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Building Better Answers in Math

Have you seen this?  Explain how you found your answer ... math.  Some of my students' explanations in math have sounded like this lately.  I've been getting, "I double-checked my answer", "I checked my work and chose the correct operation", and even, "I used a calculator".  Ugh.

And then I had an idea.  My students can write pretty fabulous reader response answers, so I decided to start teaching communicating in math the same way I do communicating in reading.  

So this ...


Soon led to this ...
We've been using our colour-coded success criteria in reading all year.  We've been building it slowly, adding a new criteria every few weeks - only after the students have mastered the previous ones.  My students can identify each criteria in their own work, work together to identify the criteria in their peer's work, and set goals for improvement based on their answers.  We write each criteria in a different colour - and that's the colour students use when coding their own answers.  It's a pretty beautiful system.  :)
A couple of weeks ago I started using the TACK board (Thinking, Application, Communication, and Knowledge/Understanding) for our learning goals and success criteria in math.  You can read a little more about it HERE.  (I also included a link to download the letters and headers I made).  This is what our TACK board looks like after three weeks in.  All our lesson learning goals are posted under "K", and a new goal with each new concept we learn.  The "T" will build our success criteria for planning for problem-solving, "A" will build our success criteria for problem-solving strategies, and the "C" will build our success criteria for communicating in math.  Just like our reading board, I will slowly add success criteria under the "T", "A", and "C" - adding only after we've mastered the content.  The sticky notes under the "C" column are math vocabulary words the students should be including in their answers.  Students can add a new sticky note each time we introduce a new term.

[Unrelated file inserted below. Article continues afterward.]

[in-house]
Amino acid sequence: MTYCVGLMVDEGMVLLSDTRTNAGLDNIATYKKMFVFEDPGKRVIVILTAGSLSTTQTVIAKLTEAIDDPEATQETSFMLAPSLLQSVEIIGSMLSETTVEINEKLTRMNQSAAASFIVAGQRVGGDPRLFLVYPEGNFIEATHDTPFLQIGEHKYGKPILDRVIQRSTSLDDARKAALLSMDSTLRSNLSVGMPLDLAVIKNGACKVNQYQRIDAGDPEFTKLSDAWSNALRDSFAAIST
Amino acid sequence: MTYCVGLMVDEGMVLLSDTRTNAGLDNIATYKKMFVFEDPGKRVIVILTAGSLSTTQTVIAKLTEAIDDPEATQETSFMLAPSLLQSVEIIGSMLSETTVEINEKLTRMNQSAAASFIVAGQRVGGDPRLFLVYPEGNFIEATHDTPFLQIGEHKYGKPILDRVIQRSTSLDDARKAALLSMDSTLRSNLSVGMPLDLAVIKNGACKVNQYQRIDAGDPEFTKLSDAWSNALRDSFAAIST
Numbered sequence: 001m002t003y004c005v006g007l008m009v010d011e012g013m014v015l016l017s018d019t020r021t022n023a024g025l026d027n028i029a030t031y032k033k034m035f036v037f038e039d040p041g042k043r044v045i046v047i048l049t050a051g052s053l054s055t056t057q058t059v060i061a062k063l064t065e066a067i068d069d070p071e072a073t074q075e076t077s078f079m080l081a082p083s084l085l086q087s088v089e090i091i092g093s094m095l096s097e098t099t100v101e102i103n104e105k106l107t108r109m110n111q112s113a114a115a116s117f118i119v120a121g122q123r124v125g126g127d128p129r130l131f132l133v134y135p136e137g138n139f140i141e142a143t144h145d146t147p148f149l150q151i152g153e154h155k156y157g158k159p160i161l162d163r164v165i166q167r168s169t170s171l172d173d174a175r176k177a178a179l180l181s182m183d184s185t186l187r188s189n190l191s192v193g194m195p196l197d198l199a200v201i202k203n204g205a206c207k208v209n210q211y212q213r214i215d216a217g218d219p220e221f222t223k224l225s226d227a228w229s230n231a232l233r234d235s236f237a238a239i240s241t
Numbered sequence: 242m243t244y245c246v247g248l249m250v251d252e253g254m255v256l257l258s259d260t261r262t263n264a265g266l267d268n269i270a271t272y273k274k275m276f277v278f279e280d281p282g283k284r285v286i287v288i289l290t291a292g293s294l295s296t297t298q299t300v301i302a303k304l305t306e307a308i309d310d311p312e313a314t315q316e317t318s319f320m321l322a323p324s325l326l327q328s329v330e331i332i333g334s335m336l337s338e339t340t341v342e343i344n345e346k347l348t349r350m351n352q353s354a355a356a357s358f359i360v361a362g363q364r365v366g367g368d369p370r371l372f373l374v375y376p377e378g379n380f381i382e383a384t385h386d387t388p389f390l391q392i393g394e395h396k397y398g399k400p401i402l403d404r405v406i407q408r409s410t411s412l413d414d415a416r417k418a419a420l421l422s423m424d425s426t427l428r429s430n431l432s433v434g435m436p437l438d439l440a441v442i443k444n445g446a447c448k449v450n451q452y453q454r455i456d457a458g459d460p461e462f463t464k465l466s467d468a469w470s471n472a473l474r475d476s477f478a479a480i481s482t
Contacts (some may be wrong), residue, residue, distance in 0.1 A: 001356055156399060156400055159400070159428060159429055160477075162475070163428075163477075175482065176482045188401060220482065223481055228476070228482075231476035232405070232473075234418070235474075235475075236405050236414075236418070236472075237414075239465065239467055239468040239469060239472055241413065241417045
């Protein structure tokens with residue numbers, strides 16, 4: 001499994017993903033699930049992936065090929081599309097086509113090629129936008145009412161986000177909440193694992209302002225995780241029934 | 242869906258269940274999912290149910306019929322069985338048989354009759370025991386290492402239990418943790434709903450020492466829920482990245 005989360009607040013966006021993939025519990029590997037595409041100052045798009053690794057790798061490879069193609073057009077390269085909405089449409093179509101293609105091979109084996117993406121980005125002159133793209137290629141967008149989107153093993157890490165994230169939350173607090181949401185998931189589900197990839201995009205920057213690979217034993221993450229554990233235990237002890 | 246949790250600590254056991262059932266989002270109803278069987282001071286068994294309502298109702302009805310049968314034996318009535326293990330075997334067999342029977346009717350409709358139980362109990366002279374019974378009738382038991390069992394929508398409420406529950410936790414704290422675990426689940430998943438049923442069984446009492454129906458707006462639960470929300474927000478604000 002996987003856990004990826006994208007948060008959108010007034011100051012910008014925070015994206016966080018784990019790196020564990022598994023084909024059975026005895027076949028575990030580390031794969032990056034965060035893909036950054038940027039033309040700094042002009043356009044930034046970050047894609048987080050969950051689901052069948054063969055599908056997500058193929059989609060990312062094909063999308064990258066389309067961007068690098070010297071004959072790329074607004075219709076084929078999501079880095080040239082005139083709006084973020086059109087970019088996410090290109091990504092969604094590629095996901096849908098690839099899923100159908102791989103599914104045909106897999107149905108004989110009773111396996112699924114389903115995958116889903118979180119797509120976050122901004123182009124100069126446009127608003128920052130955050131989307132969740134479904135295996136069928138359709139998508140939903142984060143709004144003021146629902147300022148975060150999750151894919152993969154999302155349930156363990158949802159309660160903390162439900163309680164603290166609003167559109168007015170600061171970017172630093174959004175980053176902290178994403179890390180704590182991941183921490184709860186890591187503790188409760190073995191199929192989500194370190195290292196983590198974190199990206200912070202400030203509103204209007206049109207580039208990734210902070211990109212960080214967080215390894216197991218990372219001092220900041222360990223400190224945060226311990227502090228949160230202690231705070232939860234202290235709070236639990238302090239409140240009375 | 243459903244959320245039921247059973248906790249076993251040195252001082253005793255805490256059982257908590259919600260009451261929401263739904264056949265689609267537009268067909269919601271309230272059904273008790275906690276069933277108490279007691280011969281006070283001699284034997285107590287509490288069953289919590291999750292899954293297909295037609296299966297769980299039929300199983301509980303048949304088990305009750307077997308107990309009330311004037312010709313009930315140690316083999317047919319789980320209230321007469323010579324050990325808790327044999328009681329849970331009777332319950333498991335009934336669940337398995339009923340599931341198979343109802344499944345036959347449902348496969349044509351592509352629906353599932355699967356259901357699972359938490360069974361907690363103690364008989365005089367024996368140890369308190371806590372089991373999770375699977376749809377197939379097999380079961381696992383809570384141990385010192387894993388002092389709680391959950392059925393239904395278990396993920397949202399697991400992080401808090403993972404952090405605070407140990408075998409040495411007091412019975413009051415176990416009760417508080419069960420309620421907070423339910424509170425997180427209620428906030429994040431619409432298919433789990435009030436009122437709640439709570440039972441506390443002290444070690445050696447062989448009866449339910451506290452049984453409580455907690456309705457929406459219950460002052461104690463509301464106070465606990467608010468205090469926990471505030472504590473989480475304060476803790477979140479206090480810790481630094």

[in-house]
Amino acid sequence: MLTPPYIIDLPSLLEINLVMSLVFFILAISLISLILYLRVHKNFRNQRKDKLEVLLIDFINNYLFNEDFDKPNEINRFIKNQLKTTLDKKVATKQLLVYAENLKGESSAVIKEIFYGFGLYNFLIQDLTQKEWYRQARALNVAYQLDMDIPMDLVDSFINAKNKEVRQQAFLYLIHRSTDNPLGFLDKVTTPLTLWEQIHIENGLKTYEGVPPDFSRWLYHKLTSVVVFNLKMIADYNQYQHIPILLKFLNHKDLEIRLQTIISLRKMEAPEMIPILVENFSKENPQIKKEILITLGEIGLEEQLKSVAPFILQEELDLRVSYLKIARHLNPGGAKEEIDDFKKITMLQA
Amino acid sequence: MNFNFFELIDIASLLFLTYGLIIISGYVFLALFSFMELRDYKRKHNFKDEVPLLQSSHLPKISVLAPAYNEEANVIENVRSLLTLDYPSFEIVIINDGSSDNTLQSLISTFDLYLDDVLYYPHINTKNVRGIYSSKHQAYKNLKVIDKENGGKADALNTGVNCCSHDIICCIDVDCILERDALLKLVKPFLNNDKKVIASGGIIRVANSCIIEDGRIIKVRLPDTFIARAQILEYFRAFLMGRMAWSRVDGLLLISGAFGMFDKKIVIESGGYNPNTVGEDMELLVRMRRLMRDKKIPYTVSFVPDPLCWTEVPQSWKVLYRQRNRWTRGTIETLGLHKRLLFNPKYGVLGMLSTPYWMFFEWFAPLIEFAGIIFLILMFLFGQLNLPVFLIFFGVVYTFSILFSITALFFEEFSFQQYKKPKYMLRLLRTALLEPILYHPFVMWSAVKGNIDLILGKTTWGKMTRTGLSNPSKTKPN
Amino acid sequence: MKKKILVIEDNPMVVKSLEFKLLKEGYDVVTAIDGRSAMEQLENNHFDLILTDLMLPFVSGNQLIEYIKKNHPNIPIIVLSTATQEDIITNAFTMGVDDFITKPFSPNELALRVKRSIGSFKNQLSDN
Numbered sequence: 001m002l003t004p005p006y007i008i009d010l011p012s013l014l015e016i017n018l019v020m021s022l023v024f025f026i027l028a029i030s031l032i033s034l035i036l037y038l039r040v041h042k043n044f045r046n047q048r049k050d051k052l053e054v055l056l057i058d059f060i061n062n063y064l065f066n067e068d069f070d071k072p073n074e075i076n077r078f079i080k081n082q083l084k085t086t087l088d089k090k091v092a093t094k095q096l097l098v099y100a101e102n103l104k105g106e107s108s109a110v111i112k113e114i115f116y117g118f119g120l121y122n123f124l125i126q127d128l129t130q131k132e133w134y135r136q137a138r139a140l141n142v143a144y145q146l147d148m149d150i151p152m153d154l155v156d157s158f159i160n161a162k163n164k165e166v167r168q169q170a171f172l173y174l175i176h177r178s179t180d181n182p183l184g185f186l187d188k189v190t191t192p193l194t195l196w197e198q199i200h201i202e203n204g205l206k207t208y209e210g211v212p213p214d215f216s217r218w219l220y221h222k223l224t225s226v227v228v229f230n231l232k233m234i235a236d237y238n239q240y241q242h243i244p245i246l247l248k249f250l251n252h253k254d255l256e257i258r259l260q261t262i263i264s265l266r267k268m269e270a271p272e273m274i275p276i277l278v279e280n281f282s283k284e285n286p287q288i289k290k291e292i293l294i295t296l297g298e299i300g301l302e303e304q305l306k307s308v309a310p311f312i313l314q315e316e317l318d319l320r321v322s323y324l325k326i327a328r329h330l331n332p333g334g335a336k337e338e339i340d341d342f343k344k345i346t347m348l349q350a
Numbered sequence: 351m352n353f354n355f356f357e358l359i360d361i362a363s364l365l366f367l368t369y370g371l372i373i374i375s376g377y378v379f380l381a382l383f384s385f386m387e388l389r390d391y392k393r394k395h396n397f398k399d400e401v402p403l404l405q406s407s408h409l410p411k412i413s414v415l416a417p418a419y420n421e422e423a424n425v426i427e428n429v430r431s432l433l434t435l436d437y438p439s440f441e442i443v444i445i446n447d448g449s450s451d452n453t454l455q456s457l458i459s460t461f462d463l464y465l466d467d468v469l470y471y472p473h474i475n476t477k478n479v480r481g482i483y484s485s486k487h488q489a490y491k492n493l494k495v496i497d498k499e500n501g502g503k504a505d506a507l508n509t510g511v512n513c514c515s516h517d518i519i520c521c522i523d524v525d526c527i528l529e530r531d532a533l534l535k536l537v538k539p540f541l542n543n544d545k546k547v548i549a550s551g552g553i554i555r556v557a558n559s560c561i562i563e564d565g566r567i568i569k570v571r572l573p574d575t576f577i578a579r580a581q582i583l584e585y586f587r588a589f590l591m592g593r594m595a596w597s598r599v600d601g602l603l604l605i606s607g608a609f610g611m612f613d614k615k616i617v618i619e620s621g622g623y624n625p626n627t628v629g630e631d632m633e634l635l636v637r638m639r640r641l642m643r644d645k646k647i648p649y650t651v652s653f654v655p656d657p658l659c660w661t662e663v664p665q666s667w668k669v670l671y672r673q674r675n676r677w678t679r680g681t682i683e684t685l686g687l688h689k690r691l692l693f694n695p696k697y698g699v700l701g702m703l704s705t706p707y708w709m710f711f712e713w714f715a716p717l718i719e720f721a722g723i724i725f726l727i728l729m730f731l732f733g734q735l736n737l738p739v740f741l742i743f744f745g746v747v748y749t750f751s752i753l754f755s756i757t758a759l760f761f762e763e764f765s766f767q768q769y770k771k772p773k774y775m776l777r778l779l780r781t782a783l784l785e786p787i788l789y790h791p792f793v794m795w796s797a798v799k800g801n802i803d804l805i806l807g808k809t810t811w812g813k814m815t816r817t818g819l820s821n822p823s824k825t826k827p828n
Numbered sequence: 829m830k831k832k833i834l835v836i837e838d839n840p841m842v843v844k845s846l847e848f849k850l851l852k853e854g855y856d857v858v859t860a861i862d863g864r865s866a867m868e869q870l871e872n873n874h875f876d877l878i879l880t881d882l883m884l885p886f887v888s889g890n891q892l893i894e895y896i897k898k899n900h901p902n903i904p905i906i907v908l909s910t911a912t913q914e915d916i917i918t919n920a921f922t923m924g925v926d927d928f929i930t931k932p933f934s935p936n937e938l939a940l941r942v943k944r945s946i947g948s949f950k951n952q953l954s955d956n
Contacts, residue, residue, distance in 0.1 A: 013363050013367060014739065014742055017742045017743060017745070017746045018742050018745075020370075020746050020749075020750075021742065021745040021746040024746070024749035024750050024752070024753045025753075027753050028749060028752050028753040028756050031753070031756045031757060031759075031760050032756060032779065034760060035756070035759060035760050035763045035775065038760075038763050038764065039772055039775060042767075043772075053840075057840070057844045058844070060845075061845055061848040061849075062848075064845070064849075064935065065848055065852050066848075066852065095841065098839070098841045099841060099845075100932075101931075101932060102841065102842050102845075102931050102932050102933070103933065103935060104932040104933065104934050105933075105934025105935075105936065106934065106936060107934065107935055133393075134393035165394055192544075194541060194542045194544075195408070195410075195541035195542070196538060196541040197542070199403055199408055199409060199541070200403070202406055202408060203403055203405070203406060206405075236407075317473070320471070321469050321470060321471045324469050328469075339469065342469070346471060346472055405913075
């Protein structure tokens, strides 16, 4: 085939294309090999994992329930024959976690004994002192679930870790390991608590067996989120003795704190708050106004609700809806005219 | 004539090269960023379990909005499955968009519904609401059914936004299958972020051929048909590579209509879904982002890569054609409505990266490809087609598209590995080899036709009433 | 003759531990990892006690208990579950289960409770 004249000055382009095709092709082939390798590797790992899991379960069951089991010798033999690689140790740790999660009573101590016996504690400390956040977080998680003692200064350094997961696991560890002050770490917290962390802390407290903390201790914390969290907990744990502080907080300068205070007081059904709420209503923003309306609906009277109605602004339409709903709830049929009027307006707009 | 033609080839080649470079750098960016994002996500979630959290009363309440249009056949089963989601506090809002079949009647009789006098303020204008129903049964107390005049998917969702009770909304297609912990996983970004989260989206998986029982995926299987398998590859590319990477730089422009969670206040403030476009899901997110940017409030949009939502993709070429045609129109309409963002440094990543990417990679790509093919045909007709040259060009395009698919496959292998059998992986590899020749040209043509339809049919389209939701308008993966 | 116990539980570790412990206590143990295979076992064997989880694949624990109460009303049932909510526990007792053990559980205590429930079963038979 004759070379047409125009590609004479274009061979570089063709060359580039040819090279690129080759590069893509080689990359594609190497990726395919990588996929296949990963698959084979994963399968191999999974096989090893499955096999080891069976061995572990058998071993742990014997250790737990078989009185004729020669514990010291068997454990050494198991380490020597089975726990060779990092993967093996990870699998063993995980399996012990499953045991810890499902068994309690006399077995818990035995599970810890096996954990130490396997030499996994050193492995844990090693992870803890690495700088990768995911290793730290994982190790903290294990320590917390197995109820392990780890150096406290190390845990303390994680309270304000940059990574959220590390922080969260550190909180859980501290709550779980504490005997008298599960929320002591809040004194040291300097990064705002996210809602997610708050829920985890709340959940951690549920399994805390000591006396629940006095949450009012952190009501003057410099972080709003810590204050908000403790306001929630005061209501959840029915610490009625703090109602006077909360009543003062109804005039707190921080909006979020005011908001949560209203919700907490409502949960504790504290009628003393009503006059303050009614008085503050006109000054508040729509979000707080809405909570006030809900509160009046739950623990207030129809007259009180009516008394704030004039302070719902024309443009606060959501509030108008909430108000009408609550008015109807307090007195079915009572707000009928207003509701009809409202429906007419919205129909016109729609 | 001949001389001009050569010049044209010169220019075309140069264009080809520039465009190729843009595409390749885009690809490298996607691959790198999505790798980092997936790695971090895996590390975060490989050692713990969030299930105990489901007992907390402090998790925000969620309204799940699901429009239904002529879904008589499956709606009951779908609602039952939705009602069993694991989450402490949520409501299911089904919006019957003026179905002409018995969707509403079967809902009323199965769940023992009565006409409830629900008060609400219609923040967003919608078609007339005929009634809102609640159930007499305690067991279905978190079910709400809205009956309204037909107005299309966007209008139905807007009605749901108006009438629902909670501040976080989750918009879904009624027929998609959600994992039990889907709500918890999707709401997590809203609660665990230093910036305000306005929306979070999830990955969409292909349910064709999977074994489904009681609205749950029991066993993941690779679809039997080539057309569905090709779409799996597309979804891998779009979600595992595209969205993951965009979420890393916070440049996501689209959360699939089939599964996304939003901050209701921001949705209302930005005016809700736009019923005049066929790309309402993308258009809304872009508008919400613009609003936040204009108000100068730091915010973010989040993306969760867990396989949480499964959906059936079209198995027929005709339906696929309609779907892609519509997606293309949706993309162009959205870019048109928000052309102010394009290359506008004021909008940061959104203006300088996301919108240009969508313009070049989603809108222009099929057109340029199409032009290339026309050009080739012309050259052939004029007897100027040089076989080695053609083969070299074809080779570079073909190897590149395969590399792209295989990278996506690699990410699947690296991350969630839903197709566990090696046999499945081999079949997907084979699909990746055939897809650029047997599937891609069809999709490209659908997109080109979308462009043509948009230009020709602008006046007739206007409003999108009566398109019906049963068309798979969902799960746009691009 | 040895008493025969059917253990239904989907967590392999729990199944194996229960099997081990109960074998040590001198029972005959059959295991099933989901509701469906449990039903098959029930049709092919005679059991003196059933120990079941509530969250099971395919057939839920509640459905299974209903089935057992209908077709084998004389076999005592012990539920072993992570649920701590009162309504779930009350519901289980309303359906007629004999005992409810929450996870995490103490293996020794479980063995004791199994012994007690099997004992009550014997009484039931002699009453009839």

When I started the board, I wasn't planning on colour-coding our math explanations, so I made the colour of our success criteria under each match the heading.  About a week later though, I decided to start colour coding so I added a coloured dot to each of the criteria under the "C" for our coding.  The students use the colour of the dot to show where they have used the criteria in answering their questions.  And it's working.  :)  


It's still a work in progress, and will continue to be until the end of the year, but I'm excited about the progress we're making, and I can't wait to see what they'll be able to accomplish by the end of the year.  

Happy Saturday!



5 comments:

  1. I. want. to. teach. with. you. I think we could do A-MAZE-ING things...every time you post something I think "That's what we just did!" or "That's what are are about to do!" or "Shoot--I really need to do that!" Great post!

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  2. What a great tip! Exactly the sort of prompts I need for the pupils in my maths class, thanks tonnes!

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  3. This is just what I need for this week! I'm sending home the released state test from last year and it's all multiple choice. I've been trying to think of a good way to make them "explain" their answer choice instead of just circling it!

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  4. I love this! My students are getting so much better at explaining their work orally but are not transferring it into written form. I love how you have the students color code. It really makes them accountable.

    Kim
    Quinnessential Lessons

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  5. Oo love your craft board! I had a student respond once with "I used my brain." We worked a lot on responses that year!

    Sara :)
    The Colorful Apple

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